Kurt Vile and the Violators @ The Crossing, 9th November, 2018

This Is TMRW have taken over The Crossing in Digbeth for a weekend of gigs, with Kurt Vile being Friday’s offering resulting in a sell-out show. Meg Baird and Mary Lattimer are the support act, promoting their new album Ghost Forests, which has been released today on Three Lobed Recordings.  Both Meg and Mary have produced vast amounts of music independently of each other and waited until early 2018 to work together after a relocation to California. Baird’s ethereal, upraising vocals encapsulate the true essence of Americana folk enhanced by Lattimer’s ingenious use of the harp that makes the duet sonically unusual. Despite being such competent musicians, the duo have an air of awkwardness on stage with Baird barely looking at the ever increasing crowd and Lattimer doing the between song talk reluctantly. Yet, this ill at ease pair, produce some of the most interesting music I have heard in a while. Mary Lattimer adeptly utilises delay pedals and loops with the harp and keyboards to create an atmospheric back drop in which Meg Baird’s enviously beautiful voice flows.  To truly appreciate the delicate refinement of this live performance, I want to be in a smaller venue with a fully focused audience and a louder sound, so here is hoping this duet return to Birmingham to headline at the Hare and Hounds. 

A resounding whoop heralds the start of Kurt Vile’s set which begins with the opener Loading Zones from his latest album, Bottle It In.  Vile has a skill for producing descriptive lyrics that he delivers with a slovenly drawl and meandering instrumentation and the new album doesn’t deviate from this incredibly effective form of song writing.  Bassackwards is a prime example of how Kurt has honed his craft, a lengthy track with a repetitive walking beat that underpins an acoustic guitar riff and a Dylanesque beat poet vibe to the vocals. Live, this song embraces the laid back essence to its fullest as the simple light show keeps the audience focused on the singer and his guitar playing especially with the extended outro that, in the wrong hands, could have become dull.  Kurt Vile changes instruments after every song that sees his guitar tech cover more of the stage than he does, for example, using a banjo for I’m An Outlaw to ensure that the song maintains the vibe of the original. It isn’t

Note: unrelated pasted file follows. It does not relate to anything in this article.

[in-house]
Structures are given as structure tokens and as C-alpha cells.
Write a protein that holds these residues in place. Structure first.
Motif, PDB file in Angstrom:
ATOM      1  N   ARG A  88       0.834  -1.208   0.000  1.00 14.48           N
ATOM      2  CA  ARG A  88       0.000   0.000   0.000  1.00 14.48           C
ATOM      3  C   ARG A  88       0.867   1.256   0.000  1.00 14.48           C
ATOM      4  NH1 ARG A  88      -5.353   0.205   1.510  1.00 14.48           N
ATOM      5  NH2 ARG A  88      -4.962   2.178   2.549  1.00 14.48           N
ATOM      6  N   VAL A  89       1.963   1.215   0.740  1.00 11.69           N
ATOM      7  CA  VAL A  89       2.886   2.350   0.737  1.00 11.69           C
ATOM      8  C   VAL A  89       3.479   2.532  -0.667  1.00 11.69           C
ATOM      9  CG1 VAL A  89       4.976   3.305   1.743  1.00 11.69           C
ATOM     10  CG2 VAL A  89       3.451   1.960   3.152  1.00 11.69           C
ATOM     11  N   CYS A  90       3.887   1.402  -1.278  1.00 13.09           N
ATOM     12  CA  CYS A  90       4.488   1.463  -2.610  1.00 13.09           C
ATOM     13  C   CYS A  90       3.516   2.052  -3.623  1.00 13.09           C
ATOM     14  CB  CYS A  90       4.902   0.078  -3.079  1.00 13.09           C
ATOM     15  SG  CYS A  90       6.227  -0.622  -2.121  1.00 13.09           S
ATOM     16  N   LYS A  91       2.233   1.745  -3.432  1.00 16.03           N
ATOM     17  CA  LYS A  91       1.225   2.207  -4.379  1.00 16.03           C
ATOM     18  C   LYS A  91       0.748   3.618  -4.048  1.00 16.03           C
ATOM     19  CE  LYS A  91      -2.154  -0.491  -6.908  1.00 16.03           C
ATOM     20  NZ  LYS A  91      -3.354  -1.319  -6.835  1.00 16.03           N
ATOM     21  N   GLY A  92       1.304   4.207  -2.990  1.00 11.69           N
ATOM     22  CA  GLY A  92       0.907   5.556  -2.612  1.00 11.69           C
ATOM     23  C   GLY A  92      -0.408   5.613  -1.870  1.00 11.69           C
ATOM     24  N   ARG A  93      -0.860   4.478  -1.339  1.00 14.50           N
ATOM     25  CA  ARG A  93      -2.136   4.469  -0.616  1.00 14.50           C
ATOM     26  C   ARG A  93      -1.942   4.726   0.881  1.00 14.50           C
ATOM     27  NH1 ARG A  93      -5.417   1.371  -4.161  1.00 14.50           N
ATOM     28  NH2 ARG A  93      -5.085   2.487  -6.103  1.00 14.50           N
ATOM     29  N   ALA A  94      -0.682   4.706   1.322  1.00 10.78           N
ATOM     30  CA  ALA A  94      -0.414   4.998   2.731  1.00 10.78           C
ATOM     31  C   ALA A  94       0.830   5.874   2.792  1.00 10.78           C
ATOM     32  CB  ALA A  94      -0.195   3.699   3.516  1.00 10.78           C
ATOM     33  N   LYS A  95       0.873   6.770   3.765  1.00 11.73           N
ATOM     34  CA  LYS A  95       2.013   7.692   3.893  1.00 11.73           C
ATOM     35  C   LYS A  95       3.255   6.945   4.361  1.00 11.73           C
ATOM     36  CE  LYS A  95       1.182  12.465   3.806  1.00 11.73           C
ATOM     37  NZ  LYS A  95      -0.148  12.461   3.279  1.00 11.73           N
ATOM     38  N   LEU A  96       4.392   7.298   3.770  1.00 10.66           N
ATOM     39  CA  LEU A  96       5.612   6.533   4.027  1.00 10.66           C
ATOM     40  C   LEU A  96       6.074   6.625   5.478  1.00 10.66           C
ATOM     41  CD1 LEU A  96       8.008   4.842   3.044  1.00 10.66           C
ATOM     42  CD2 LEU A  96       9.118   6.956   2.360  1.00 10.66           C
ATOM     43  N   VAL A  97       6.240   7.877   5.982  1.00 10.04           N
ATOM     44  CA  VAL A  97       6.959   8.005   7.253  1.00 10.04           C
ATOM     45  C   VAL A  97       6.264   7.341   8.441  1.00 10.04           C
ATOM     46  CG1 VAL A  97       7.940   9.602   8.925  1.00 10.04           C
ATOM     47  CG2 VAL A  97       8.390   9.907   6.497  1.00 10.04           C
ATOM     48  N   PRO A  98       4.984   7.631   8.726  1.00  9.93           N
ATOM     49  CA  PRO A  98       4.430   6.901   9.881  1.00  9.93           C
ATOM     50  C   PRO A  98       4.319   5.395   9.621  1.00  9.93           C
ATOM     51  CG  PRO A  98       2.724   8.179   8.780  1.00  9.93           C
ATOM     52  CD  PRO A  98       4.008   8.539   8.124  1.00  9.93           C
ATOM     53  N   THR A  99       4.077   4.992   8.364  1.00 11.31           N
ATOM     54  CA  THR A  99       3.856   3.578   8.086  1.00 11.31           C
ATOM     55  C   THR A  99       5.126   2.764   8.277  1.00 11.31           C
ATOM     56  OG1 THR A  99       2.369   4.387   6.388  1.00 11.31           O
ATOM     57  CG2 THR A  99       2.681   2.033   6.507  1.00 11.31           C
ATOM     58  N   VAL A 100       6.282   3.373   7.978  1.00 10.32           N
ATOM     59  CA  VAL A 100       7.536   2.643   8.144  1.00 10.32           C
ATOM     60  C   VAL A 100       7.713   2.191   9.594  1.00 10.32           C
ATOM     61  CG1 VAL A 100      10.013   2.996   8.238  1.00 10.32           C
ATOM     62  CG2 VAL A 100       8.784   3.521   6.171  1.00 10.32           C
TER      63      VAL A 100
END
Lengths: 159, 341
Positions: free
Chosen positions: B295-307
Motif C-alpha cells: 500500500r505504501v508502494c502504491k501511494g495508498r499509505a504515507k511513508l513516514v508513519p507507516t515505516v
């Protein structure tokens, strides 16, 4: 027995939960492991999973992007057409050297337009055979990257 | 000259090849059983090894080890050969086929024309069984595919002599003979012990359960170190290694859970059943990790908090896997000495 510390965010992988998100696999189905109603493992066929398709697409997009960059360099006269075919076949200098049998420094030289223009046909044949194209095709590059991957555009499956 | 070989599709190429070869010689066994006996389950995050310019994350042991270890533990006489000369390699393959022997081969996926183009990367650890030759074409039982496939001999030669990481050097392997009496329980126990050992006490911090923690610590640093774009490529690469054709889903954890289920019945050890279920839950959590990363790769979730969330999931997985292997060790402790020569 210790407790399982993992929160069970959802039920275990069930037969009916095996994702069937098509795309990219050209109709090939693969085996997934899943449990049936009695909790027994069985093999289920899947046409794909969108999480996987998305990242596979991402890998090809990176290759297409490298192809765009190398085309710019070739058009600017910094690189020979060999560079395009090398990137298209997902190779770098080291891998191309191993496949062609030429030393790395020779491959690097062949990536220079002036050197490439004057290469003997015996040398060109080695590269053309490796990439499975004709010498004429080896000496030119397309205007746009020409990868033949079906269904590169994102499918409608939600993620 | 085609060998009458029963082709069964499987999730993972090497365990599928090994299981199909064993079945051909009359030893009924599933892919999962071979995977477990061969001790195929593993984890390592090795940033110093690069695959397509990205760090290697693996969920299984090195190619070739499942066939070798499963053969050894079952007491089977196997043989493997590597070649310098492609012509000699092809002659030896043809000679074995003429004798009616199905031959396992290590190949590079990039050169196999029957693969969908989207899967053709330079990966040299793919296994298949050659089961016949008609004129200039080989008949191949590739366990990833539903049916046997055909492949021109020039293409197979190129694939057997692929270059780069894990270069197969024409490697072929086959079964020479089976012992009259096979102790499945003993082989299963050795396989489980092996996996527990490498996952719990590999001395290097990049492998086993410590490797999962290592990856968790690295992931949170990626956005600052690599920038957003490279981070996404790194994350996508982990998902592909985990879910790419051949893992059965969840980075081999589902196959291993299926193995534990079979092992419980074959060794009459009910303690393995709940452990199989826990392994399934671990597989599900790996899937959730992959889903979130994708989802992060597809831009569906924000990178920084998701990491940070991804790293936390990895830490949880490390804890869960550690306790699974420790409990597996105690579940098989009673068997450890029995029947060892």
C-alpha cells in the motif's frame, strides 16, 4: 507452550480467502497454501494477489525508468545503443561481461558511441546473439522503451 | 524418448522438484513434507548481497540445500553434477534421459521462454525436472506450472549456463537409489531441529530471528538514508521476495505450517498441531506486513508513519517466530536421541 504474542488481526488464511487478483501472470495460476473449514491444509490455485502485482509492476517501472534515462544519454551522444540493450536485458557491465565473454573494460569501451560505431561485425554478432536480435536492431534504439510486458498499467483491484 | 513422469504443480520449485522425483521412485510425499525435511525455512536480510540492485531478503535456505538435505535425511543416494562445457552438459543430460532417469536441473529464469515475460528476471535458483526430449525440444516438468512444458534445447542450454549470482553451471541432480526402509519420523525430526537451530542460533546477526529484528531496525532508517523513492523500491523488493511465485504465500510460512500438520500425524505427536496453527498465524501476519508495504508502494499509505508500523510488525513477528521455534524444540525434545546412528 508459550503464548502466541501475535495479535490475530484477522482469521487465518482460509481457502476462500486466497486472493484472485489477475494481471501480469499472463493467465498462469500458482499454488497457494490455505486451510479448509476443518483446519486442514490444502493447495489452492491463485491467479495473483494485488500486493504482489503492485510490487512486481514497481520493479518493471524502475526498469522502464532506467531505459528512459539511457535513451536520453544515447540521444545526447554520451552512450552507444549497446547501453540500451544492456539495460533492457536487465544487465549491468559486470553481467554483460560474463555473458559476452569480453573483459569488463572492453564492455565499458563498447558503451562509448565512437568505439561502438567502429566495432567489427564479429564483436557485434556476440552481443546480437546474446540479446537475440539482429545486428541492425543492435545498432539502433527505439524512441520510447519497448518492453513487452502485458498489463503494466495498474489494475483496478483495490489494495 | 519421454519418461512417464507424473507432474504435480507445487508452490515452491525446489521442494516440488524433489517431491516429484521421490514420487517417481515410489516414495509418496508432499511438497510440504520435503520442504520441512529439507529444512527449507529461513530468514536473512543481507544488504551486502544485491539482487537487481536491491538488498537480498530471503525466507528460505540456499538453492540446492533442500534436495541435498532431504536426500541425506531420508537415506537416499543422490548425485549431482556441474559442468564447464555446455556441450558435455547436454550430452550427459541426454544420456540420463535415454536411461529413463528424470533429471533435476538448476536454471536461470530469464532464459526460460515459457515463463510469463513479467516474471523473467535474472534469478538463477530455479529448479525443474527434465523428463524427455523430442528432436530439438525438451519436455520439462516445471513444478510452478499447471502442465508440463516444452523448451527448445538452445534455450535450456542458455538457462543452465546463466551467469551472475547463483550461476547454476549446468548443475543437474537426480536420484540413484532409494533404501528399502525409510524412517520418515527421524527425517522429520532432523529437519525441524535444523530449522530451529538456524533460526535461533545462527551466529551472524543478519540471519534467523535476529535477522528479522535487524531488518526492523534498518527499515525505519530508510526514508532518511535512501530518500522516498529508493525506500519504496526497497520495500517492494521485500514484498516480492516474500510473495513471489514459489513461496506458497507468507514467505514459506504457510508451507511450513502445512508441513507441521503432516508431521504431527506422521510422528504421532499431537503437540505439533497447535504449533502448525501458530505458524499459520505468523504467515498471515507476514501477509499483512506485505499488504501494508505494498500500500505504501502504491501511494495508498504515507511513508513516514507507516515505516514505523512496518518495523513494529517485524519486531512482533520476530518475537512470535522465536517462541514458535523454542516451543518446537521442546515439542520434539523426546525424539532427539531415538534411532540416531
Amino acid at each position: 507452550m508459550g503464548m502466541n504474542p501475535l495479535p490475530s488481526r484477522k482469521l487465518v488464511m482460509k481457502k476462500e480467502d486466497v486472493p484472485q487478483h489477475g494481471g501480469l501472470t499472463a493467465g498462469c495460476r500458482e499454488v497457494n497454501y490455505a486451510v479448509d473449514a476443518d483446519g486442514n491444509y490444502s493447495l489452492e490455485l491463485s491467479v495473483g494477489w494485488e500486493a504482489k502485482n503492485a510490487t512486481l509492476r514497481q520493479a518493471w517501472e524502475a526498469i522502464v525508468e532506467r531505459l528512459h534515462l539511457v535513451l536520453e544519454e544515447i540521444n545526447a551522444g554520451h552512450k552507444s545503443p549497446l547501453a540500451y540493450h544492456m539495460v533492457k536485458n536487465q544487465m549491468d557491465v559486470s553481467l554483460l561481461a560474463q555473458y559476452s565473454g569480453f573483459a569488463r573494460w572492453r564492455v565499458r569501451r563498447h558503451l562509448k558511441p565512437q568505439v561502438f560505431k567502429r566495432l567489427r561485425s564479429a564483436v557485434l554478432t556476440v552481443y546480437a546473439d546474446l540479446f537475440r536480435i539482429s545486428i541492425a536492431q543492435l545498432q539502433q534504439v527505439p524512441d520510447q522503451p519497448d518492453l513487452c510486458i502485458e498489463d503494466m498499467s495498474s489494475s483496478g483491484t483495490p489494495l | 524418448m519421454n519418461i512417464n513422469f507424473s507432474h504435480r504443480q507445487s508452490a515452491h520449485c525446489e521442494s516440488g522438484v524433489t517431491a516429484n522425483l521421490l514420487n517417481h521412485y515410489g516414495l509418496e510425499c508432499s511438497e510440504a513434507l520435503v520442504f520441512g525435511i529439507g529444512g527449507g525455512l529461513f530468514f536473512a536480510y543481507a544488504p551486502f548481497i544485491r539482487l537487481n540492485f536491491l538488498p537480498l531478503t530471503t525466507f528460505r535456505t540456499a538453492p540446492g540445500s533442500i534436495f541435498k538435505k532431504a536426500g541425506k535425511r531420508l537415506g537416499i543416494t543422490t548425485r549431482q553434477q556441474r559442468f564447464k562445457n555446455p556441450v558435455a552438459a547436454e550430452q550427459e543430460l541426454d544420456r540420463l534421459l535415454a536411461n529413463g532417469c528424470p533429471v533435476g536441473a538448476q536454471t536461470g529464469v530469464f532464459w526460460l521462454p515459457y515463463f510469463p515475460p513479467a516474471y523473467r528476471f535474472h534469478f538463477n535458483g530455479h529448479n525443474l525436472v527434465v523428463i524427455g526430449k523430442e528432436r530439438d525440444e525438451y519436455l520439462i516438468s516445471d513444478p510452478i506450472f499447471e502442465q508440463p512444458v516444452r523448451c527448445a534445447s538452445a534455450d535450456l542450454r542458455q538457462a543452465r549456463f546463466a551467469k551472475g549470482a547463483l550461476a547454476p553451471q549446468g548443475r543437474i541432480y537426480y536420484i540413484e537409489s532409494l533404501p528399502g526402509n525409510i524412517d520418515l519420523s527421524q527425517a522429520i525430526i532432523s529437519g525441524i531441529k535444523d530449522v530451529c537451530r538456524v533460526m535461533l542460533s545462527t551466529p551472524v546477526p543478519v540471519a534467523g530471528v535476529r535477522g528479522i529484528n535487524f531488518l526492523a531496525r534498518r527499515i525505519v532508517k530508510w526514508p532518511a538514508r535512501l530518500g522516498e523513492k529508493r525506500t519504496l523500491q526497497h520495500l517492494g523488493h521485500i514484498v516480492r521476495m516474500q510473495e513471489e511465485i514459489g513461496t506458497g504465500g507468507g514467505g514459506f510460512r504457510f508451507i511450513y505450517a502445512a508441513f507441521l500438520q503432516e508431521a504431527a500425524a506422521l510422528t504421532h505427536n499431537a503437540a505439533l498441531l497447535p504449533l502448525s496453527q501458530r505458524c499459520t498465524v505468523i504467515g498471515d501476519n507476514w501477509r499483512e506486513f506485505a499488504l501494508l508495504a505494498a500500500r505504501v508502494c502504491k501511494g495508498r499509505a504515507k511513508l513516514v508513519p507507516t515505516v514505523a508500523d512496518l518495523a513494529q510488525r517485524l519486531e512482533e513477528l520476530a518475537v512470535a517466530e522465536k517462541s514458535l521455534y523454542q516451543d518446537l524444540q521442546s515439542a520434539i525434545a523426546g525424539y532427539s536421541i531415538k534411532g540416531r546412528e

only Vile that swaps instruments, apart from the drummer, the other members of the band alternate between keyboards, bass and guitar depending on the requirements of the song and illustrating the calibre of musicianship that is standing before us. 

Despite much of the set being dedicated to the new album, Vile places nuggets of his previous work at key points, noticeably a solo performance of Peeping Tom which sees the band exit, leaving Kurt as a lone figure fingerpicking an acoustic guitar, delivering an emotive expression of dissatisfaction. After a minor Cramps based interlude, Vile unleashes an extended version of Wakin On A Pretty Day which is welcomed with a sea of bobbing heads followed by the gritty riff of KV Crimes that takes a lackadaisical wander and gives it the command to strut and the audience are even more appreciative. 

Many of the songs, including Jesus Fever, see Kurt dip his head and allow his hair to close off the crowd so he can immerse himself in a guitar solo, none of which are self-indulgent rather more providing a spontaneous live element to the songs. 

The arpeggio introduction indicates that my favourite track from Bottle It In is going to be given an airing tonight. Skinny Mini is musically a sparse number with some fast talking lyrics interspersed with an occasional whoop that has the capacity to create a vivid image of the woman being described especially when the roaring discordant guitar rudely interrupts. A fascinating piece of music that suggests Kurt Vile enjoying not conforming to any musical rules and experimenting with mismatched ideas such as a guitar purposefully drowning out the vocals as they fade into the background. 

Pretty Pimpin is left as the first song of the encore and is clear favourite of many of the crowd who have been acknowledging Vile’s performance in a mature manner as his music dictates, irrespective of his final command being for us to stay in school! With Mutinies and the driving force of Freak Train bringing the set to a close, Kurt Vile and The Violators have given any one who likes his music an uncompromising ninety minutes of psychedelic, Americana, indie rock. 

Reviewer: Toni Woodward

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